Dan Anderson, Meadow, S.D., has been getting more out of his grasslands since adopting a planned grazing system and multispecies grazing
Stocking rates are up 70% to 100% compared to when he started ranching. Now, he can graze cattle and sheep longer in the year.
Cattle graze all but about 2½ months of the year. Sheep usually graze year-round. They get a small amount of corn as supplement during a few months in the winter.
Because the cattle and sheep stay out on pastures longer, winter feed costs are down. Anderson used to need 2,500 pounds of hay to feed a cow through the winter. Now, he can get by with just 700 pounds.
The productivity gains have come in part from being able to give grasses more rest between grazings, Anderson says. He used to have just six pastures. Now he has more than 60 and moves the cattle and sheep even few days.
With more rest, the grasses develop bigger root systems, which helps increase the soil’s infiltration rate. The soil can absorb water faster, which reduces runoff and results in water being wasted. water is absorbed in soil. That in turn, boosts soil moisture levels and increases forage production.
Multispecies grazing has helped, too. Because cattle and sheep eat different grasses, grazing both species on the same ground more fully utilizes the forage produced. Anderson gives the grass 45 to 60 days rest before grazing it with a different species.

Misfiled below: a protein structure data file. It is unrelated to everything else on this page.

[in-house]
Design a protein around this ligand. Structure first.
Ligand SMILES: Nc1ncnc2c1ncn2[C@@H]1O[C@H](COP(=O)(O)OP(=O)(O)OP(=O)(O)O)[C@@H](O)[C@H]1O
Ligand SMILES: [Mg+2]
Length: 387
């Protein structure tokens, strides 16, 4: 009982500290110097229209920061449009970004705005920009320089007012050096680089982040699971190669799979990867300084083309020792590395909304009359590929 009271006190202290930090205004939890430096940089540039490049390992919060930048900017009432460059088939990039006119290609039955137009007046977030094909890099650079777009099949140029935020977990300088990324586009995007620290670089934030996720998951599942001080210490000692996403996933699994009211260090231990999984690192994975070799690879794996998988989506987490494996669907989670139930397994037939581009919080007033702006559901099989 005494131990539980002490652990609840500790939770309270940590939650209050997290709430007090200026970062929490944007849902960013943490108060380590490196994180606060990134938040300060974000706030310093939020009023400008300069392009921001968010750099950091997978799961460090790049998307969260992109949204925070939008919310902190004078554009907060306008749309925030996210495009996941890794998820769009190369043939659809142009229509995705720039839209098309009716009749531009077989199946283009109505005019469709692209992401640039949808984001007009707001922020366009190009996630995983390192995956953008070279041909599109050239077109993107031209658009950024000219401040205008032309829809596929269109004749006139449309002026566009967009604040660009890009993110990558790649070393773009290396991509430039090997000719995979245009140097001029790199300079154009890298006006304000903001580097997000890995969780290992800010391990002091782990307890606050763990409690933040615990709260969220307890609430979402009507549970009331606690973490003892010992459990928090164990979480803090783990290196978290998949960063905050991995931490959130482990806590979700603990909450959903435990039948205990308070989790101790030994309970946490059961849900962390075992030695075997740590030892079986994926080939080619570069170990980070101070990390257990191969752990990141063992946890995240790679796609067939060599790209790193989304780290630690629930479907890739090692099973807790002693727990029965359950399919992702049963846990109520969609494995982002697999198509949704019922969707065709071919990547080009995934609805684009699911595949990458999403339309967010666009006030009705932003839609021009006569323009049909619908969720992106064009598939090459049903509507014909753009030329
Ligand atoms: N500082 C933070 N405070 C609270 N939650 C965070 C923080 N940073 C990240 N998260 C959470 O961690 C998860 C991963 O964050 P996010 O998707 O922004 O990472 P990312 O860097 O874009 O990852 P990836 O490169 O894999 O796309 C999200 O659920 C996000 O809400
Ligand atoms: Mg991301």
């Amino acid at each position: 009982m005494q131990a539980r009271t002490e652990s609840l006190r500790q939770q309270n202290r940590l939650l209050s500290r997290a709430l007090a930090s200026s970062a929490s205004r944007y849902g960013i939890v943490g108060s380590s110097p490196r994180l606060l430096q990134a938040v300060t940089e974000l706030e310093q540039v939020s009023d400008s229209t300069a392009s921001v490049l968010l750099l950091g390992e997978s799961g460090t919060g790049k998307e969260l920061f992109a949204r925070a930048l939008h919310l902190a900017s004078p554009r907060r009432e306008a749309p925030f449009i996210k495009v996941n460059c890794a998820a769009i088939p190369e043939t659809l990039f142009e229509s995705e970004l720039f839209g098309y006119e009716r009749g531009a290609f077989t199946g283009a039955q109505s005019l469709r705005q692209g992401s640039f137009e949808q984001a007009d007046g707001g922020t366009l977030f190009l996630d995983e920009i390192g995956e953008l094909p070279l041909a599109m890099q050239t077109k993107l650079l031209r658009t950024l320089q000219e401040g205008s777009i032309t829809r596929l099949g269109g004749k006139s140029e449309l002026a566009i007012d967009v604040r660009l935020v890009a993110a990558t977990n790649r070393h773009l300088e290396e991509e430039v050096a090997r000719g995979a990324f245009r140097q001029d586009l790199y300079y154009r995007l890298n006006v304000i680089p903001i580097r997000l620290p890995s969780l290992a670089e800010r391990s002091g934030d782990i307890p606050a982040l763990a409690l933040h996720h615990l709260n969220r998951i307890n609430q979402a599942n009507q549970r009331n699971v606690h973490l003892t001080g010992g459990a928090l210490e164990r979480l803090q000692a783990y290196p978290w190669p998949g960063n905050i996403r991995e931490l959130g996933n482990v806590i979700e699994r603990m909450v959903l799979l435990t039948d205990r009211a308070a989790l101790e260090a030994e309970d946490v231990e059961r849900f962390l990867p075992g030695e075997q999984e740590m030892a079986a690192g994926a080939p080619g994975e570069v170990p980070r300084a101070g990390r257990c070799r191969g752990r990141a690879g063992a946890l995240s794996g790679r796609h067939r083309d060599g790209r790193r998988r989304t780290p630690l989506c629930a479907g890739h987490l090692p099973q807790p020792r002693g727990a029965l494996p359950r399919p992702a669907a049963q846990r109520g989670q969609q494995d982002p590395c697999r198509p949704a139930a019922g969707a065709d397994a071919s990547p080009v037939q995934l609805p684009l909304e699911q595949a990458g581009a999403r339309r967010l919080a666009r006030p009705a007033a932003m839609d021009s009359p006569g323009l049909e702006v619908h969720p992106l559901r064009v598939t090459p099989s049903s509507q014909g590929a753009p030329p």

Bottom line: The planned grazing system and multispecies grazing has made the ranch more profitable and sustainable. “By increasing our numbers and productivity, we can afford the next generation the opportunity to produce food for the world,” Anderson says.
Amazing Grasslands series
The Anderson ranch was profiled in the Our Amazing Grassland video series, produced by the South Dakota Grasslands Coalition.
Sponsors of the series include the Nature Conservancy, Pheasants Forever, American Bird Conservancy, World Wildlife Fund, Audubon Dakota, Ducks Unlimited, Partners for Fish and Wildlife, South Dakota Game, Fish and Parks, South Dakota Soil Health Coalition, and the USDA Natural Resources Conservation Service.
Other ranches in the series and the month and year they were posted are:
• Jorgensen Ranch, January 2018
• Michalski Ranch, February 2018
• Schooley Ranch, March 2018
• Grim Ranch, April 2018
• Schell Ranch, May 2018
• Hamann/Blue Bell Ranch, June 2018